Summit will make new CO2 pipeline permit application in South Dakota

October 4, 2023

Jared Strong

It could take more than a year for Summit Carbon Solutions to get approval for its proposed carbon dioxide pipeline in South Dakota.

That’s because the company, which was denied a pipeline permit by utility regulators in that state last month, will reapply after it identifies a new route that complies with county ordinances.

“Moving forward, we are committed to working with the counties in South Dakota to find a mutually agreeable path through each county,” said Sabrina Zenor, a spokesperson for the company. “This means working within ordinances regarding applicability of waivers, etc. and more dynamic conversations around routing.”

Summit applied for a permit to construct a carbon dioxide transmission pipeline in that state in February 2022. The South Dakota Public Utilities Commission denied the application about 19 months later in September, citing the route’s conflicts with ordinances in four counties.

Summit had asked the commission to overrule those ordinances but withdrew that request after the commission upheld the ordinances in regard to another pipeline proposal by Navigator CO2. That company has since suspended its negotiations for land easements in South Dakota and requested to suspend its permit process in Iowa.

Both companies have sought permission to build multistate pipeline systems to transport captured carbon dioxide from ethanol plants and other facilities. South Dakota is crucial for Summit’s proposal because it has eight of the 31 ethanol plants that would connect to Summit’s system and because it is a link between North Dakota and most of the remaining plants in Iowa, Minnesota and Nebraska. The company plans to sequester the greenhouse gas underground in North Dakota.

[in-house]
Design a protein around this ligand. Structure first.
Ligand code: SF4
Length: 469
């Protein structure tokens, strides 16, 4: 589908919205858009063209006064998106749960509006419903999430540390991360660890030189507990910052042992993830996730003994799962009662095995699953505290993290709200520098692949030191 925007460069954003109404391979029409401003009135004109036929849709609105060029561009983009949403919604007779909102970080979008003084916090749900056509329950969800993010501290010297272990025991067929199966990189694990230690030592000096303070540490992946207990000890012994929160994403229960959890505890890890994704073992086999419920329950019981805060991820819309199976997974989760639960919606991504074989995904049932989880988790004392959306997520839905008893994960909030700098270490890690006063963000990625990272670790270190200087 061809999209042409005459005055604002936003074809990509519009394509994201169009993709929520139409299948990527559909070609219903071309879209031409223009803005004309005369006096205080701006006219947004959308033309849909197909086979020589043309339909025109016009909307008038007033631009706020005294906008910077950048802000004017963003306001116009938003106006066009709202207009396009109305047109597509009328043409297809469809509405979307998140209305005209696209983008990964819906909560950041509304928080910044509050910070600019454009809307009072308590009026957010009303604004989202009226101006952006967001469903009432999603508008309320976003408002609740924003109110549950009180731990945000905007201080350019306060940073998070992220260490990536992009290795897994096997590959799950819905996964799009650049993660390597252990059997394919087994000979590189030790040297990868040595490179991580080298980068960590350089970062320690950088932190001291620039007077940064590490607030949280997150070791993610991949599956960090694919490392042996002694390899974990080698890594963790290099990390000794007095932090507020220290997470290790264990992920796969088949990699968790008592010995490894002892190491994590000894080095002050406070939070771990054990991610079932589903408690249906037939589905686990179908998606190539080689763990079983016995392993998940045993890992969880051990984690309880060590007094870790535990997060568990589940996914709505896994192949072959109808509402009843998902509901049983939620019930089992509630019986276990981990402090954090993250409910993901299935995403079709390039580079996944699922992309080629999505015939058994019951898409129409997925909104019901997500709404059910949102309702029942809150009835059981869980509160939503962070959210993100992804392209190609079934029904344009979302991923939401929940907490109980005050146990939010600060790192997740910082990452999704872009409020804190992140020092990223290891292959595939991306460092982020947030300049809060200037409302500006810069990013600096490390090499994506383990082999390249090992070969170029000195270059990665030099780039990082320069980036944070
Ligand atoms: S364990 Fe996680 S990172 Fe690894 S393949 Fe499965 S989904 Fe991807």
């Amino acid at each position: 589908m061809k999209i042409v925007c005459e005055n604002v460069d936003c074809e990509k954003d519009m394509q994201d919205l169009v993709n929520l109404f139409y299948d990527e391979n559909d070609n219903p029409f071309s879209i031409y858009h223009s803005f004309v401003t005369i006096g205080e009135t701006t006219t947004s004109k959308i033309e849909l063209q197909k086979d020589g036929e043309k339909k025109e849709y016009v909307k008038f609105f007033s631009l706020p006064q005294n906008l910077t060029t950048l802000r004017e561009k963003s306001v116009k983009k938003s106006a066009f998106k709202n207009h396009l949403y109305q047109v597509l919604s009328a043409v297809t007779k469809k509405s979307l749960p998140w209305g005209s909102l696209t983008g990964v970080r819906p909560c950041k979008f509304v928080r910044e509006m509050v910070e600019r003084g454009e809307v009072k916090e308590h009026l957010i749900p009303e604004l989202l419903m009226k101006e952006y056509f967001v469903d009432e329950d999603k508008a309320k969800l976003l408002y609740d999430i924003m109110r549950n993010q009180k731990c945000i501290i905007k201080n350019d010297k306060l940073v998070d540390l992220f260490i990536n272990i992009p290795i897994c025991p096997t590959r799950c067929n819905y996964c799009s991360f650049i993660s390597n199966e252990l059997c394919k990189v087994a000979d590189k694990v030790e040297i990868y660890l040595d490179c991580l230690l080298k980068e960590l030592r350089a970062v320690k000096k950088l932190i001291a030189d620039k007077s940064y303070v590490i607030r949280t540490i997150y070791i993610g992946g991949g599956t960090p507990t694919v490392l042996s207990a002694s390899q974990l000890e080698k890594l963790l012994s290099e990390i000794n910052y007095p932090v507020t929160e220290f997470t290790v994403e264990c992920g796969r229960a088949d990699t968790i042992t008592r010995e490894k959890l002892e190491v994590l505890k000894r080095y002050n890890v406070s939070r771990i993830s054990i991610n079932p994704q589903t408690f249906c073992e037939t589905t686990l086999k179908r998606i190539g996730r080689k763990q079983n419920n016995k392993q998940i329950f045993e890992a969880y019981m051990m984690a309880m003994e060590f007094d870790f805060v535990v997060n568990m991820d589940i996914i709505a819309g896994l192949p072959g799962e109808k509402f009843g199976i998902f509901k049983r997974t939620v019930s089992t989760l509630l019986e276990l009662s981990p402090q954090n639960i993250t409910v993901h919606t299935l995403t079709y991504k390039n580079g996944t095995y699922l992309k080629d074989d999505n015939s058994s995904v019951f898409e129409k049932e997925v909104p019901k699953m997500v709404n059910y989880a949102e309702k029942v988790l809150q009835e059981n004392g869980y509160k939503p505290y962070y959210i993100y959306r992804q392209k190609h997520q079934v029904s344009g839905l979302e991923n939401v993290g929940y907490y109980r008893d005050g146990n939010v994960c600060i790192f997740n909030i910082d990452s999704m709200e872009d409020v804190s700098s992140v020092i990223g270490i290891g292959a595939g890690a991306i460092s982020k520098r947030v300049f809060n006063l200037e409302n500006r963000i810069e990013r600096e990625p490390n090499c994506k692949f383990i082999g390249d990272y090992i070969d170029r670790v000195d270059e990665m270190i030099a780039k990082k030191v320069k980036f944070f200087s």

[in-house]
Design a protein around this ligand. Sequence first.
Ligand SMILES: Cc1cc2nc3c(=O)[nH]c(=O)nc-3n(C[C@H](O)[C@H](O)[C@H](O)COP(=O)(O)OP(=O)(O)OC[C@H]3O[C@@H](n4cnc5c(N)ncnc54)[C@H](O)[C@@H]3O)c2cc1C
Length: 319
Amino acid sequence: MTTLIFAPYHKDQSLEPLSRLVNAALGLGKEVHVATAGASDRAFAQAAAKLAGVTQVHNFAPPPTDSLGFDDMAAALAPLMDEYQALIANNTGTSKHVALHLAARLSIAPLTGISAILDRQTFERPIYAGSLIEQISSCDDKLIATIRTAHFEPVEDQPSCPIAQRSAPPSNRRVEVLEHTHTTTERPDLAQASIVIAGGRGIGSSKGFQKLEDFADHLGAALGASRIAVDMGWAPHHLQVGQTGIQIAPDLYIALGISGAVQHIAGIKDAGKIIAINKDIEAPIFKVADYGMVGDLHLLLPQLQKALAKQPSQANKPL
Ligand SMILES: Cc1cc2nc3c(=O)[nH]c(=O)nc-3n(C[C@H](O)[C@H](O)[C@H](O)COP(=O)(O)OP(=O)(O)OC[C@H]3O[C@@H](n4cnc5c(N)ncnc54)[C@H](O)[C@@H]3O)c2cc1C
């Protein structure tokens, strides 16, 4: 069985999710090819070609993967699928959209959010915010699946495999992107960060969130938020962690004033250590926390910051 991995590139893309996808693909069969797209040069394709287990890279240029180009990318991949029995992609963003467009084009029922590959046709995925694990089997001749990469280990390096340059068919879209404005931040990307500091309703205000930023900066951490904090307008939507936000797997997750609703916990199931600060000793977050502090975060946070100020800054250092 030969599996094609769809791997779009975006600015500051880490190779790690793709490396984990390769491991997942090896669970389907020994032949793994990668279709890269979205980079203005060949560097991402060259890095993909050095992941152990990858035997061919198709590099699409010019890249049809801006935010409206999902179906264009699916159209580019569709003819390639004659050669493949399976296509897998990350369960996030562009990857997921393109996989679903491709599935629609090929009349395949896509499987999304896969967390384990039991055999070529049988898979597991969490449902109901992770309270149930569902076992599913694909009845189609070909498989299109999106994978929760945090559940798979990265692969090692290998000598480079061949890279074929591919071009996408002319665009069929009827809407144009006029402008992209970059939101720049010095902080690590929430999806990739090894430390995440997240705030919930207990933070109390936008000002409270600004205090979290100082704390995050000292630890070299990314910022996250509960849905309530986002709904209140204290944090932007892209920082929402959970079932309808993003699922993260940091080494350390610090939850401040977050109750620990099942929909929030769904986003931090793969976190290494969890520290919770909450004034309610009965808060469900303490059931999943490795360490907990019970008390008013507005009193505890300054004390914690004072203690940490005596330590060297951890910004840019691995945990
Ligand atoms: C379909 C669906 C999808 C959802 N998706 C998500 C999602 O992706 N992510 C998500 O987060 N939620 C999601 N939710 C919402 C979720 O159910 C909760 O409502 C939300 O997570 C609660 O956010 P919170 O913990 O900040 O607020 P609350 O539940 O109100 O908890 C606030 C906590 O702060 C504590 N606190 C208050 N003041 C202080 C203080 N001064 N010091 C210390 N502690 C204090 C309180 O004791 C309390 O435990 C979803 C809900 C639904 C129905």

South Dakota law allows counties to adopt restrictions on the pipelines, but state regulators can overrule them if they are “unreasonably restrictive.”

The state has four counties — Brown, McPherson, Minnehaha and Spink — that have adopted ordinances that require the pipelines to be certain distances from residences, livestock facilities, nursing homes and other buildings. But they also have exceptions to those restrictions in some cases if county officials and landowners approve of them.

“We issue conditional use permits for lots of things that people don’t like,” said Scott Anderson, director of planning and zoning for Minnehaha County. “I don’t think it was the intent of the county commission to set up an ordinance to block anything. … It is a complicated situation with lots of people having strong emotions.”

Summit has begun discussions with Minnehaha and other counties to plot a new route. A company representative who spoke to county officials in Brown “basically said, ‘We’re starting at ground zero, we have to look at it like we don’t have a route,’” according to Scott Bader, planning and zoning director for Brown County.

Tracey Millar, zoning administrator for Spink County, said the company is seeking the county’s input on its route and has indicated it is moving the pipeline path farther away from people who oppose the project.

A Spink ordinance precludes the pipeline from being built within a half mile of a property line of a residence, but it can be built closer if the owner signs a waiver.

It’s unclear when Summit might reapply for a South Dakota permit.

“We plan to refile our application once we have a path through the state,” Zenor said.

State law requires the Public Utilities Commission to make a decision about permit requests within a year of the application. Summit’s first permit request took longer because the company sought a deadline extension for submitting its evidence and updating its application.